I spent some time at the start of of the school year teaching my students about empathy. We communicate through screens so often, now, that I worry empathy is going out of style. People who are still willing to vote for Trump after everything he has said and done may need a refresher course: empathy is the ability to put yourself in someone else’s position and recognize their experience as their truth, even if you don’t agree with it. Instead of saying, “Racism doesn’t exist in America,” or “Men and women are already equal,” or “Undocumented immigrants are cheating the system,” how about trying an empathetic response? Do you experience racism directed at you? I’m a white woman in America, so I don’t, but I understand that some people in our country do. We need a president who recognizes that racism is alive and well in America, and that we need to work together to end it. That’s enough to secure my vote for Hillary. Do you experience sexism in any aspect of your life? I’m a woman in America, so I do. And I recognize that some women have had experiences much worse than mine. We need a president who understands the danger that sexist rhetoric creates for women. That’s enough to secure my vote for Hillary. Am I an undocumented immigrant? No, but my grandfather came to America from Ireland through Ellis Island. He moved here for the opportunity this country provides, and I’d like to think that those who come to this country illegally, risking their life and freedom and leaving their families behind, do so for the same reason as my grandfather. We need a president who recognizes the humanity in all humans. That’s enough to secure my vote for Hillary.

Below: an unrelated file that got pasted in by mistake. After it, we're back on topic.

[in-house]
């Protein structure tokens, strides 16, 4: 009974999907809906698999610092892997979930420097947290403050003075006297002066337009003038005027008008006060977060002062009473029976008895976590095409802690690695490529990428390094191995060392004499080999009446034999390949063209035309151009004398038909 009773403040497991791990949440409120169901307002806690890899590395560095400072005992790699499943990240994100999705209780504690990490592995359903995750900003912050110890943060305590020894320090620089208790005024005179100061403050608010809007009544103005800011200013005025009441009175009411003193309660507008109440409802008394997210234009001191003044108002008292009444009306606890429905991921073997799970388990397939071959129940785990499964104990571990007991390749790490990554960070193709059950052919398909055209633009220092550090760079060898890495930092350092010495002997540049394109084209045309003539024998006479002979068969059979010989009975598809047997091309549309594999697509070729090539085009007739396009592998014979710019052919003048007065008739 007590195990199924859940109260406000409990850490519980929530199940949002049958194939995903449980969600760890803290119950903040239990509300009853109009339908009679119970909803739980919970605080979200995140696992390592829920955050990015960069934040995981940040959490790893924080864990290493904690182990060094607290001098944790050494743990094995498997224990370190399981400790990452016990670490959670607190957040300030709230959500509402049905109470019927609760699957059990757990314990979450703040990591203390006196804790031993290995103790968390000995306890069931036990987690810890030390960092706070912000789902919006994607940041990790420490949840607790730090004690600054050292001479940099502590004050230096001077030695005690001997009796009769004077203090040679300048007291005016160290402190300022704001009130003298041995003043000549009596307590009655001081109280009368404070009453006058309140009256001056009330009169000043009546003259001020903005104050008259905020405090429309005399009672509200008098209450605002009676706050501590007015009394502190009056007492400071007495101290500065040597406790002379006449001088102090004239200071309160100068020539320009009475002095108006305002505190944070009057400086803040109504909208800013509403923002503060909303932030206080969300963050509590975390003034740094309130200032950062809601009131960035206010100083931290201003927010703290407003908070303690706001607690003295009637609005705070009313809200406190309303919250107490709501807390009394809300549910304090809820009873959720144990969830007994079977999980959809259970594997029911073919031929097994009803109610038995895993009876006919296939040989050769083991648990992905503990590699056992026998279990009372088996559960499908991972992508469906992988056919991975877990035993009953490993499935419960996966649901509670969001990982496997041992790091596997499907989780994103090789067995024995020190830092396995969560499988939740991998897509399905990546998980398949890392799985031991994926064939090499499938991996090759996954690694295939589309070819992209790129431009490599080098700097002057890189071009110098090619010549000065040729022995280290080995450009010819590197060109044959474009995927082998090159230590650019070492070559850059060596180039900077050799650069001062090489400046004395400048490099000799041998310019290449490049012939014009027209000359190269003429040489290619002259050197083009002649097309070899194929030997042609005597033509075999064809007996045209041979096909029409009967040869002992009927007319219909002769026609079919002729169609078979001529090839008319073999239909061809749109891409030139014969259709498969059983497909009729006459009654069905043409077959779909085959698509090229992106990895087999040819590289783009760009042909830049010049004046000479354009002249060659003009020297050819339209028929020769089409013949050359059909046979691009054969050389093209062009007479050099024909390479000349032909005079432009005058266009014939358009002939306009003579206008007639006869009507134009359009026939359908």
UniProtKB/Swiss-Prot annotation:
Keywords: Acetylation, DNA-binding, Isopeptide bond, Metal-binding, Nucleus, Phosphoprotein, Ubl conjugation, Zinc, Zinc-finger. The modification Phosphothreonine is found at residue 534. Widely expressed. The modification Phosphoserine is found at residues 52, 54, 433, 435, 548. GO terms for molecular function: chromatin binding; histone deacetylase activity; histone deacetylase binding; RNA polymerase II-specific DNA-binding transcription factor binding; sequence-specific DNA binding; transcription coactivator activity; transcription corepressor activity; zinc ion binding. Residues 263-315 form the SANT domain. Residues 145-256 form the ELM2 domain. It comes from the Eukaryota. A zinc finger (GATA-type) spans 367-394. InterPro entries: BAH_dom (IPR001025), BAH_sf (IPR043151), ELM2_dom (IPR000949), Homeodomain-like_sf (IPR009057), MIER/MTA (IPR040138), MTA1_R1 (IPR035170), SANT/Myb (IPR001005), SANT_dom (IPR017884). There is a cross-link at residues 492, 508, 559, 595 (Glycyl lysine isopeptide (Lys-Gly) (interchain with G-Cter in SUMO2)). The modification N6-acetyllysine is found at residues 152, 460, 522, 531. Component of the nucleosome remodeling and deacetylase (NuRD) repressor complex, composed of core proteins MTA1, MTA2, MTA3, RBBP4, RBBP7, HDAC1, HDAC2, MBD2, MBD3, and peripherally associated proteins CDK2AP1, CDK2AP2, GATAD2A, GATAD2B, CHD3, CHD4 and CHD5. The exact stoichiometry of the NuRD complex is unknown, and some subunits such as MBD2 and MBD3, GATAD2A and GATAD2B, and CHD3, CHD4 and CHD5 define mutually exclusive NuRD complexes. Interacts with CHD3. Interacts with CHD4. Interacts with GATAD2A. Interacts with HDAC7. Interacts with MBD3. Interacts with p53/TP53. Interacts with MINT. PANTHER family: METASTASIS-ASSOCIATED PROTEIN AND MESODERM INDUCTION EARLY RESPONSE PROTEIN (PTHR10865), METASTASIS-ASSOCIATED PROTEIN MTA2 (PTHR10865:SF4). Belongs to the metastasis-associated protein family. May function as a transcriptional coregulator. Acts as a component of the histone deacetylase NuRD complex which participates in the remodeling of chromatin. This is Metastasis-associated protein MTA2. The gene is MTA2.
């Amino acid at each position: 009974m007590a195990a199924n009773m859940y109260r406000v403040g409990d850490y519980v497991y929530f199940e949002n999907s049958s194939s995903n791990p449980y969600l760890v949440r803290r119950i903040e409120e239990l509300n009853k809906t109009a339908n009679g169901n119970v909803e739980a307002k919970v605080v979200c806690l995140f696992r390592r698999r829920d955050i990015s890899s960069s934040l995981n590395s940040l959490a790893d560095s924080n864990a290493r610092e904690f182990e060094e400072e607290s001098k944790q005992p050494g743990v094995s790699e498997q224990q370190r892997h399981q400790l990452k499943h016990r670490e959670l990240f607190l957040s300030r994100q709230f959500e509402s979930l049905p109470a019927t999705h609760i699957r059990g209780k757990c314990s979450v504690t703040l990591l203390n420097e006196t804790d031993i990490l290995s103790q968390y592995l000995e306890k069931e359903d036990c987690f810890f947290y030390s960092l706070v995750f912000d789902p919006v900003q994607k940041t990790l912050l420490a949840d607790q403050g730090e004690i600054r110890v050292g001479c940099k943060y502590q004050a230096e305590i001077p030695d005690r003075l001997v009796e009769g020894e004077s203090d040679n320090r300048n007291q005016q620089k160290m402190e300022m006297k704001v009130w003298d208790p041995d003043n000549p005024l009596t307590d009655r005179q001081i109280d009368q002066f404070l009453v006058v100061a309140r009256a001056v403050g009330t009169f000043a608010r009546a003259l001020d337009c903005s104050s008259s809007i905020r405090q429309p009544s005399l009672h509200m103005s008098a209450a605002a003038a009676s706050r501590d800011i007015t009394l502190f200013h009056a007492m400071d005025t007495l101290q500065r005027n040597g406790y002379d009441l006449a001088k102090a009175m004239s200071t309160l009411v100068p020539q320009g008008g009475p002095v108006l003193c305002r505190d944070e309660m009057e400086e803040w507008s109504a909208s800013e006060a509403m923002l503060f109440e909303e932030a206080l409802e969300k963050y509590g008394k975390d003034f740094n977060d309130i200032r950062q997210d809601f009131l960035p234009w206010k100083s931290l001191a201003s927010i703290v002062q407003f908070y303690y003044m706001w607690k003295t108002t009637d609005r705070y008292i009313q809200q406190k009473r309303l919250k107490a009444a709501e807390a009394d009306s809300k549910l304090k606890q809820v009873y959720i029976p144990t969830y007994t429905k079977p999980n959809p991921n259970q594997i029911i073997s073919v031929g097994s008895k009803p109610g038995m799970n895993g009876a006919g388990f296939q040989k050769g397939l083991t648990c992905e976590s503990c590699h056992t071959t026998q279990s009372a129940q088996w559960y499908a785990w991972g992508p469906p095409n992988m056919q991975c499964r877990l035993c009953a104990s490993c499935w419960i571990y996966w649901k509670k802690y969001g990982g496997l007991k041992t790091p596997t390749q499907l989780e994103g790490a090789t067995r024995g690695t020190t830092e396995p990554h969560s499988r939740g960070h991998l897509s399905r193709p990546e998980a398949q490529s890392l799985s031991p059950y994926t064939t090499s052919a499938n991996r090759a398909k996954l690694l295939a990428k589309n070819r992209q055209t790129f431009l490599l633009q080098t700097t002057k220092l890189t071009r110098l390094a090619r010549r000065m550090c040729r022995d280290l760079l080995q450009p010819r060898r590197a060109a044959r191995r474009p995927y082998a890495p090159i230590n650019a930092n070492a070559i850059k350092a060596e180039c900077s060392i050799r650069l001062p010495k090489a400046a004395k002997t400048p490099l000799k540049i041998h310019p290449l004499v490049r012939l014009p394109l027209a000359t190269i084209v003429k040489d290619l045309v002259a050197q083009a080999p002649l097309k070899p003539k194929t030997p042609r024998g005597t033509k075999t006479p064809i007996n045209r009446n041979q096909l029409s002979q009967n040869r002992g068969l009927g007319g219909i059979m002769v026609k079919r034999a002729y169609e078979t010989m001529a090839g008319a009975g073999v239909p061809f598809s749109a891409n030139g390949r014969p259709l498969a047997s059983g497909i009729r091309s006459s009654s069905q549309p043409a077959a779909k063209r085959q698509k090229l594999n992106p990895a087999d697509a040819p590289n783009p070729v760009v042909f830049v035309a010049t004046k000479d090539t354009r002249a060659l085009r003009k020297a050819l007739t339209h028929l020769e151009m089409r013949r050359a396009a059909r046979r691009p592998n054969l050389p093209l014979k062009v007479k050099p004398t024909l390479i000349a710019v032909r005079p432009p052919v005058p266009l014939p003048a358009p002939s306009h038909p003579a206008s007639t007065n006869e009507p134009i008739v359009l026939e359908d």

Your responsibility as an American citizen is to vote. Vote for the candidate who will do the most good for the most people – Hillary Clinton. If you don’t like her, I don’t care. Put on your big kid pants, scrounge up whatever empathy you can muster, and drag your butt to the polls on November 8th. Or, if you’re still voting for Trump, November 28th.

(Image of Hillary Clinton via Flickr.)

What have you been up to?


It’s been a while since I last posted, and things are looking different around here.  The leaves are changing, so it’s the 1% of the year when it’s actually pleasant to live in New England, I’ve painted my room so I feel like a productive adult, and I’ve settled into life as a non-college student.  What does that make me?  A real person?

Anyway, I’m sure you’ve missed me and I’m happy to fill you in on what I’ve been up to lately.  Besides job-searching (which is hard!) and substitute teaching (which is fun!) here’s what’s happening in the Life of La: (more…)

Why men are so important to feminism…

A longer return post is coming soon, but take twenty minutes out of your evening to watch this TED Talk.  Show it to the men (and women) in your life – the fight against sexism and misogyny is not a battle between the sexes, but rather one that men and women should take on together.

It’s interesting to think of this in relation to the #YesAllWomen movement, which you can learn about here and here. (In short, it argues that while it’s true that “Not All Men” are violent or demeaning towards women, “Yes All Women” have had to deal with at least one encounter with such a man.)

There’s a lot going on in terms of feminism and gender relations at the moment!  Thoughts?

Can you believe it’s already May?